A first thought it would straight away make some money (=not waste their time) for the studio in question, and as the session player gets to show his / her abilities in a real working situation.
Old 12th November 2009
  #19
Quote:
Originally Posted by jetplane666666 View Post
It is not pointless unless you're calling the biggest studios, like Chalice or The Record Plant.
That's why I said "commercial studios" not owner/operator style rooms. That's the distinction - one is in a position to hire sessioneers, one isn't.

The company I work for gets loads of different musician mailouts of various quality. But because the rooms are hired to external producers, it's pointless because we never hire anyone through the studio directly - and even if I was asked if I knew a drummer/guitarist/whatever, I'd recommend someone I knew personally, not someone I'd never met.

Quote:
Originally Posted by JoaT View Post
Just a thought, and I would love to hear what the studio owners would think about this...

What if the new kid in town contacts the studio and books a few hours of paid studio time to show the studio owner what he / she is capable of in terms of session playing?

They could arrange a typical session playing situation with a typical amount of preparation on player's side (just jump in an play to a piece you have never heard of before with a style somebody tells you).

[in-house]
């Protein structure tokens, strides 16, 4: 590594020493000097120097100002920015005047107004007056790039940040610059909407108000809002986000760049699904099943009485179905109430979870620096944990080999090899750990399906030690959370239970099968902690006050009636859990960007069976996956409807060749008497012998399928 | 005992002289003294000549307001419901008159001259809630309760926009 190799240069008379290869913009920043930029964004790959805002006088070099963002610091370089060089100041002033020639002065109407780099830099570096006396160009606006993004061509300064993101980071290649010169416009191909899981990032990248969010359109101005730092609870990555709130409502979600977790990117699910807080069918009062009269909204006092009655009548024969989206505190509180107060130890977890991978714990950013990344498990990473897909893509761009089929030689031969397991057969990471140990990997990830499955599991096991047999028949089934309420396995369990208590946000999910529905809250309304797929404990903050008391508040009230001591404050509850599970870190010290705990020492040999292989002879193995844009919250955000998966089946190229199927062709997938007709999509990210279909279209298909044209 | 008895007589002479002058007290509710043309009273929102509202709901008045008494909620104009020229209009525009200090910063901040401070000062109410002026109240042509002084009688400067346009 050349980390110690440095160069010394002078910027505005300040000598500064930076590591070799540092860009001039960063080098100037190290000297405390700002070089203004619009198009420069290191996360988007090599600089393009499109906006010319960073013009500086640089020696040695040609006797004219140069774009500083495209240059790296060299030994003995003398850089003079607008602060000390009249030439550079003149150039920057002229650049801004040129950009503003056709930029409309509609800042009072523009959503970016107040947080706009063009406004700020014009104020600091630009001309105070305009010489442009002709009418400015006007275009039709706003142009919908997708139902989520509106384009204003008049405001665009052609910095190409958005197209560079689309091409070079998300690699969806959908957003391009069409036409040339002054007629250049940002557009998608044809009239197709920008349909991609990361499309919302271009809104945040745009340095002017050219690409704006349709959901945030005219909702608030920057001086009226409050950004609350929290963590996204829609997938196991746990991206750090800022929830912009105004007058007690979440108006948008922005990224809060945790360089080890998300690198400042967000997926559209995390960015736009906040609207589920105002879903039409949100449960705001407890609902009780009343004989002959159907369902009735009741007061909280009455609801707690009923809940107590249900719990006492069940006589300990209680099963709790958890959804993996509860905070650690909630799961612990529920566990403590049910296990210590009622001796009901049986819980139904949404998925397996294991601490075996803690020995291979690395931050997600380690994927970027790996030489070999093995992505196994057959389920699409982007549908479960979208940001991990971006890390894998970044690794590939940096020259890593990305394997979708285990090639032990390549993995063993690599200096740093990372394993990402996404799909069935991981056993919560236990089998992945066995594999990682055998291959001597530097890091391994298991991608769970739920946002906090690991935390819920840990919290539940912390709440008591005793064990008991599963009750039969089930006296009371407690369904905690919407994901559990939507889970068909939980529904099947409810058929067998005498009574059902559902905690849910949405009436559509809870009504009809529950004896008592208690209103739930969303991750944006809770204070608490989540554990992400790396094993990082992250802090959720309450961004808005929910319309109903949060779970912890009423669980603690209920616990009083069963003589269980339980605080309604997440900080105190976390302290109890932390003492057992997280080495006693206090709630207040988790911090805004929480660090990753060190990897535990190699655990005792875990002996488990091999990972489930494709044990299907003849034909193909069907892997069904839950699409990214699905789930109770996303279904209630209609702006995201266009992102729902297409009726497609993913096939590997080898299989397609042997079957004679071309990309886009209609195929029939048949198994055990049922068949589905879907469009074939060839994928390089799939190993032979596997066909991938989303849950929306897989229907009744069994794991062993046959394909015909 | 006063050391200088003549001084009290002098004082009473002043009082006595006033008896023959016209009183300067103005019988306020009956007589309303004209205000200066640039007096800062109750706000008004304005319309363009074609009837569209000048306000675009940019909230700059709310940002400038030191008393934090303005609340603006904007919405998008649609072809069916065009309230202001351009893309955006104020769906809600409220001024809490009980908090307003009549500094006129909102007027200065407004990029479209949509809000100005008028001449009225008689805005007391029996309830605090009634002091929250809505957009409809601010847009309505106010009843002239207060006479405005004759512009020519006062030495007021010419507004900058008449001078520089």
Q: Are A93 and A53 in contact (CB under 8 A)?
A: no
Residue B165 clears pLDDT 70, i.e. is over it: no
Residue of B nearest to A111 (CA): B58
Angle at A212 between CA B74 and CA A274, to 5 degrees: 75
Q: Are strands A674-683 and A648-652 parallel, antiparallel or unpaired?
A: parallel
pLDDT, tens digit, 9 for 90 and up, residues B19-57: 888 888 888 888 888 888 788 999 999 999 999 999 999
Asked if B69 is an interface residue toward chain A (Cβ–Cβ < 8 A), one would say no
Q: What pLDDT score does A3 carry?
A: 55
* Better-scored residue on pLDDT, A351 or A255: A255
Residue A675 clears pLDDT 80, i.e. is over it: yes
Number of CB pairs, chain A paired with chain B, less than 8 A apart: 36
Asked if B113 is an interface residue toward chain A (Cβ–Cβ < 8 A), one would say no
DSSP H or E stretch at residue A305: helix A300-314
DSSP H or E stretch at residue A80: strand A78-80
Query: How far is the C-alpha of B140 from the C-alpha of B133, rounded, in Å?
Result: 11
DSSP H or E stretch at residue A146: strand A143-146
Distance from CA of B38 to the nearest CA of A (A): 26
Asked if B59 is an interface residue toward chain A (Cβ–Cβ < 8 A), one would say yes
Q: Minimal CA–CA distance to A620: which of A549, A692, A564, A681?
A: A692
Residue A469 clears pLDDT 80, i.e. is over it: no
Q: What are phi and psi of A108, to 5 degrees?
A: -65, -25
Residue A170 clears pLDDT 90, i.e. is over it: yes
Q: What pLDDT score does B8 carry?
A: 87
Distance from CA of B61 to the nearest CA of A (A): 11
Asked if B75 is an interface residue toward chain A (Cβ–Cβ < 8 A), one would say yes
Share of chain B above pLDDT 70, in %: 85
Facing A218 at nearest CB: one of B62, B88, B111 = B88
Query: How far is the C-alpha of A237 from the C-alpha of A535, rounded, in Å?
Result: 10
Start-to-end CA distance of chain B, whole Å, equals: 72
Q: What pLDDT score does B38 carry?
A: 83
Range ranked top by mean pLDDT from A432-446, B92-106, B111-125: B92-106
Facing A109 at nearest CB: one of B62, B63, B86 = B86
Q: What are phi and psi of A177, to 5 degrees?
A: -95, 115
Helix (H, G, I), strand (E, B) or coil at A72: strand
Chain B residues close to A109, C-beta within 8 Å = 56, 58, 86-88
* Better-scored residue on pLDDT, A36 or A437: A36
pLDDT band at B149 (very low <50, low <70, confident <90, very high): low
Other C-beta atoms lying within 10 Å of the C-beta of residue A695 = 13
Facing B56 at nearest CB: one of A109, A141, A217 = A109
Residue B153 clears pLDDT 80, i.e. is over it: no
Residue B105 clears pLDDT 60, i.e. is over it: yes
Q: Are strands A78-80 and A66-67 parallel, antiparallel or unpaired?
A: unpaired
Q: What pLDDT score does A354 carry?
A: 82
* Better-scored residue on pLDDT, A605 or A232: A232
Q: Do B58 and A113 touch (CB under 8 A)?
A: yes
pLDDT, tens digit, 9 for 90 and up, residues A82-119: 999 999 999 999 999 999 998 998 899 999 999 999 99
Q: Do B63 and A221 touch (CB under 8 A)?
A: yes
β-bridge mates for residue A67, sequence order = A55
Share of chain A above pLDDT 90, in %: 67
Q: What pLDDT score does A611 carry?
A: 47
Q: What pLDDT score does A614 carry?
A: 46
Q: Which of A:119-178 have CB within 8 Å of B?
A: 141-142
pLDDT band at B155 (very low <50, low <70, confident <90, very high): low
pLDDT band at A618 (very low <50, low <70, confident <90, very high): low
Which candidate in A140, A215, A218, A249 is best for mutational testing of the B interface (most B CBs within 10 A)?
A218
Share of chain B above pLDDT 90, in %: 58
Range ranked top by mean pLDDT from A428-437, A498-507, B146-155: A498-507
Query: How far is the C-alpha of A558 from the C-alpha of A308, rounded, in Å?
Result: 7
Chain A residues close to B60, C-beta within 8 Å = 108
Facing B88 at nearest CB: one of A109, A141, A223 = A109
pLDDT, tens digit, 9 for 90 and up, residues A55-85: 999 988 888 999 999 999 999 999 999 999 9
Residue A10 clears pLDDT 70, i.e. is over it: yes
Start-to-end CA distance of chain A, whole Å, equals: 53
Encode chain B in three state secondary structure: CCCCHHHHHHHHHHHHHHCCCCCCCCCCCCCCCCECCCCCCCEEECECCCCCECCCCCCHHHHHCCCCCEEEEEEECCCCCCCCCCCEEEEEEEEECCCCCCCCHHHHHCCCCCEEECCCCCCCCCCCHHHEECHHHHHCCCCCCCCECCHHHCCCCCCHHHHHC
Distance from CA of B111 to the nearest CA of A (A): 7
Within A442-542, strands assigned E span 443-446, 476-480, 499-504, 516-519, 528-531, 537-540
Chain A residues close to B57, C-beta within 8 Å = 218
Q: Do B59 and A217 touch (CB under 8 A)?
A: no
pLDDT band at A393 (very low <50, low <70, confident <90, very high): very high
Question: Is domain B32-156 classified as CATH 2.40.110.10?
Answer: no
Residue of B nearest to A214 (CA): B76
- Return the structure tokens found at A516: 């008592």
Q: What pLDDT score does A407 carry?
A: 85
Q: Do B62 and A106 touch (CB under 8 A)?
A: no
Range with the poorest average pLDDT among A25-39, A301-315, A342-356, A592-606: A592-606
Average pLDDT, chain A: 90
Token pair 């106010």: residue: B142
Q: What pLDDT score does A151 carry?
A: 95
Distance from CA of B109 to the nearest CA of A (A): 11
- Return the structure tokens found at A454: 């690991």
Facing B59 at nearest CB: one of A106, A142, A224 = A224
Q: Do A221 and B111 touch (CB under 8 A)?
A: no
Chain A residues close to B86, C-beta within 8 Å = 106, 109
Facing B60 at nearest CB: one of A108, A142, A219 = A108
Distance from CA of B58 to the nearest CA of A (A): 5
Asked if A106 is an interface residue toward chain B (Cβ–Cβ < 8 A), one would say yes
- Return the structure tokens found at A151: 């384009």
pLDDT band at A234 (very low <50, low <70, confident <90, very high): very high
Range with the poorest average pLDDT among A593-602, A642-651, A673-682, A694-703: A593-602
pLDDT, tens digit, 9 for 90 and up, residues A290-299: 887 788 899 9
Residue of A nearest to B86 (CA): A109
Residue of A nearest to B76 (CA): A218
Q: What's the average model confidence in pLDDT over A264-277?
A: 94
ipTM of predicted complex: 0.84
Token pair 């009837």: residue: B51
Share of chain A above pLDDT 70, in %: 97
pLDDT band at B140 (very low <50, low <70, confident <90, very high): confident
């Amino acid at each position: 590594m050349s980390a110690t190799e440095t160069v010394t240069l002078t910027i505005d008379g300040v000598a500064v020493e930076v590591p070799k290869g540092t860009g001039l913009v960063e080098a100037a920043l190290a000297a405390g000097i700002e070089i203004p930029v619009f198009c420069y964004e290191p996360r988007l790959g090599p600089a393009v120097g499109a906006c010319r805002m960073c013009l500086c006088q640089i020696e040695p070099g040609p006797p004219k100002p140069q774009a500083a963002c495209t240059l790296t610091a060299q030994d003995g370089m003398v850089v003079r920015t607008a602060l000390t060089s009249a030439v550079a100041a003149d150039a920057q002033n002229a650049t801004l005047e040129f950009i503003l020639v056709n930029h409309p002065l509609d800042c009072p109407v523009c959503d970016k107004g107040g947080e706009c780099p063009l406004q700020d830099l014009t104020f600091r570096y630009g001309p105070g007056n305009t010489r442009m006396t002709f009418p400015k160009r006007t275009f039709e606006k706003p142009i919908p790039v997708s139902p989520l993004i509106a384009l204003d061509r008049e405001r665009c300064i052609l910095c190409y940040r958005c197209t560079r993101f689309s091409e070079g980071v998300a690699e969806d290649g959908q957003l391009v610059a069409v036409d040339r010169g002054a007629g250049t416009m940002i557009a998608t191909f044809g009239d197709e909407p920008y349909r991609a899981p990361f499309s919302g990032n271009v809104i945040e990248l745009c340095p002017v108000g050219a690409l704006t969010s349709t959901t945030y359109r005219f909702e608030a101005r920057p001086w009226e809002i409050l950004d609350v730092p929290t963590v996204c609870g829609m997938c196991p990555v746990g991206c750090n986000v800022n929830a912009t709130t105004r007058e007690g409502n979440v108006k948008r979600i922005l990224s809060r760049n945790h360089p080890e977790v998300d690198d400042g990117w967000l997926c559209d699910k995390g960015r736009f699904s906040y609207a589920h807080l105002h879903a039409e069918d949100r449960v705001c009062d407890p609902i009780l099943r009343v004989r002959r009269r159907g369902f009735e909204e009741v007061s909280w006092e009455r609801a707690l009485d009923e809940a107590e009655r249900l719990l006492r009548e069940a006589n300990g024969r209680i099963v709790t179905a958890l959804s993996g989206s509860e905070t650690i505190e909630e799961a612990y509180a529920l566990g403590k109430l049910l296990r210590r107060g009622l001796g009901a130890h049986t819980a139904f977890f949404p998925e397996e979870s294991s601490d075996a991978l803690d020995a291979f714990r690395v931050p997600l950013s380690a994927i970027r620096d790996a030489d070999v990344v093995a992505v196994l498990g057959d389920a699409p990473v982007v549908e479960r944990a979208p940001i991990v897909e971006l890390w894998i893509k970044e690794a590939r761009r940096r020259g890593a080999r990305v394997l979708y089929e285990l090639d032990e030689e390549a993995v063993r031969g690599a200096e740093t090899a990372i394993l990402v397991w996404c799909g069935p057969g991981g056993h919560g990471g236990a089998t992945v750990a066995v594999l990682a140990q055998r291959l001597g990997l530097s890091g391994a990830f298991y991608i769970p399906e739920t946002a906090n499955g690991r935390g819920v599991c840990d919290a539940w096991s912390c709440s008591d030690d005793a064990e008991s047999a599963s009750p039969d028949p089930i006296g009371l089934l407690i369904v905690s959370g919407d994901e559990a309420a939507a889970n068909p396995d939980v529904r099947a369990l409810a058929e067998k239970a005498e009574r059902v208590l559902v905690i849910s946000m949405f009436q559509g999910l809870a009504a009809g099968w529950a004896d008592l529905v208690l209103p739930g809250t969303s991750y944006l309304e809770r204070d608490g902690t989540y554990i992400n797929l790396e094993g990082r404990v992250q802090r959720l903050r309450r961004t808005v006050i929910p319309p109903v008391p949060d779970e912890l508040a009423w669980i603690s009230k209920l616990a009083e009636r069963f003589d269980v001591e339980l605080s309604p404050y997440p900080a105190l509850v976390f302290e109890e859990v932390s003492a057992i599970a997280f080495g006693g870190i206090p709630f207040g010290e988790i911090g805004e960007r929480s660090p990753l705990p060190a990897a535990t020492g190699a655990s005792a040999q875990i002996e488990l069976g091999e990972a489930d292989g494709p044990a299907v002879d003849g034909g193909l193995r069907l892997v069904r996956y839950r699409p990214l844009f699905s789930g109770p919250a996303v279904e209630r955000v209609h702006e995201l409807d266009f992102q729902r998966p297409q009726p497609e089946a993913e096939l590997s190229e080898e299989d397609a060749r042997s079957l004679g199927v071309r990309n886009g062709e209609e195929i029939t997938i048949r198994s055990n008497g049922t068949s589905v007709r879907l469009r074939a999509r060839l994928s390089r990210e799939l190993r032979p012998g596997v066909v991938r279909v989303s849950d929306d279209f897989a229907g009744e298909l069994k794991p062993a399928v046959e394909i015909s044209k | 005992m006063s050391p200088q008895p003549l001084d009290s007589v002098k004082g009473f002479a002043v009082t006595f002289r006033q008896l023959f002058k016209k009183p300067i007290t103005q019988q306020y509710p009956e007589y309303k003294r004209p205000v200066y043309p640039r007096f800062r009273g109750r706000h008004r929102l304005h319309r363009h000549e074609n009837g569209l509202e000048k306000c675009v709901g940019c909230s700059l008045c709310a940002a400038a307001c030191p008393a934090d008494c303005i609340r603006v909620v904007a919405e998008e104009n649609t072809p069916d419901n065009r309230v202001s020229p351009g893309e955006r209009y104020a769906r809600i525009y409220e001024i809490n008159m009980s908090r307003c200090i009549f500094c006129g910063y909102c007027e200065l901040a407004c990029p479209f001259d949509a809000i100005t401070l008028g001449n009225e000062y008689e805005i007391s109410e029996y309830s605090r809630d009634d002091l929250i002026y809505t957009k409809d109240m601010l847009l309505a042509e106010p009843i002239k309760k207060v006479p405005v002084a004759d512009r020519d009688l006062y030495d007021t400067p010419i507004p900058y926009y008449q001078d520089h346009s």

A first thought it would straight away make some money (=not waste their time) for the studio in question, and as the session player gets to show his / her abilities in a real working situation.
Great idea - superb lateral thinking - providing (again) the person you're "auditioning" for is in a position to hire you. Be very little point doing this if the studio owner never booked any of their own productions in. Could use the time to make a showreel as well!
Old 12th November 2009
  #20
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JoaT's Avatar
I don't think the studio owner needs to be the only one hiring.. In my experience, it is quite often when clients need "somebody to play the marimba on that part" and ask the engineer if he knows anybody.

And of course it would be dumb not to leave a showreel behind on that paid session.
Old 12th November 2009
  #21
Quote:
Originally Posted by JoaT View Post
I don't think the studio owner needs to be the only one hiring.. In my experience, it is quite often when clients need "somebody to play the marimba on that part" and ask the engineer if he knows anybody.

And of course it would be dumb not to leave a showreel behind on that paid session.